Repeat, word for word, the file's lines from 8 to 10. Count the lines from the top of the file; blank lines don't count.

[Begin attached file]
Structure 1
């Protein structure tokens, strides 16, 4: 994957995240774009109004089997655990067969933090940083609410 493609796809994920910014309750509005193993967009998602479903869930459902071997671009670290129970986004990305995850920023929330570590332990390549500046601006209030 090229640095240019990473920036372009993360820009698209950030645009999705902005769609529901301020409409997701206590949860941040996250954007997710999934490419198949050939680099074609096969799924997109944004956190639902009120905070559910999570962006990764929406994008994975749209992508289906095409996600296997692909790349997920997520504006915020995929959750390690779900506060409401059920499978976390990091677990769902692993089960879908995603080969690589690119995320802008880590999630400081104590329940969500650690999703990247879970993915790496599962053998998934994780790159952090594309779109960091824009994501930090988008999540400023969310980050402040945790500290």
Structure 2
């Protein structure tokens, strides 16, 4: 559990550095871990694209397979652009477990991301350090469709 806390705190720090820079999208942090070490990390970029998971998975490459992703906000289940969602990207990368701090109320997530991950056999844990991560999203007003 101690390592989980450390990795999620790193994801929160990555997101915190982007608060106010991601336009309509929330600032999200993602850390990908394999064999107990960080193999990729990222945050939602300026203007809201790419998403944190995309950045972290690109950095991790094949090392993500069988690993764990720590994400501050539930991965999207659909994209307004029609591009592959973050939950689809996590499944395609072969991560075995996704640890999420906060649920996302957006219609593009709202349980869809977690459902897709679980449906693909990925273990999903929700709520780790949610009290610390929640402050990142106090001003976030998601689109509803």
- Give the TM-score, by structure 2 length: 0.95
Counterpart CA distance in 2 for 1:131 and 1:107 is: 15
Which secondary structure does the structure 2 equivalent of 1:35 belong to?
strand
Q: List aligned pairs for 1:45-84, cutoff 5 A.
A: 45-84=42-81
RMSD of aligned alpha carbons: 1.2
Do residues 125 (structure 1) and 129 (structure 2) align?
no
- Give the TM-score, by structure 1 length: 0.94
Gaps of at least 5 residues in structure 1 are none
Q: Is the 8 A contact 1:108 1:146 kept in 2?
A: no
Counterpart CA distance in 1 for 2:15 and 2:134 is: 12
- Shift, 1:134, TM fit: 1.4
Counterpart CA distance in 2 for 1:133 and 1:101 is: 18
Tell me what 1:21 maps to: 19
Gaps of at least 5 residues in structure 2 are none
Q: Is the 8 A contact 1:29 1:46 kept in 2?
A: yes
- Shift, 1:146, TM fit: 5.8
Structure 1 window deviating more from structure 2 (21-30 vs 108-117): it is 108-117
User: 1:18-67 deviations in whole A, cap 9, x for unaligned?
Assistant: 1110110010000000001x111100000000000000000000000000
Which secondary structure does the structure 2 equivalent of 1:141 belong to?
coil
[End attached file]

strand
Q: List aligned pairs for 1:45-84, cutoff 5 A.
A: 45-84=42-81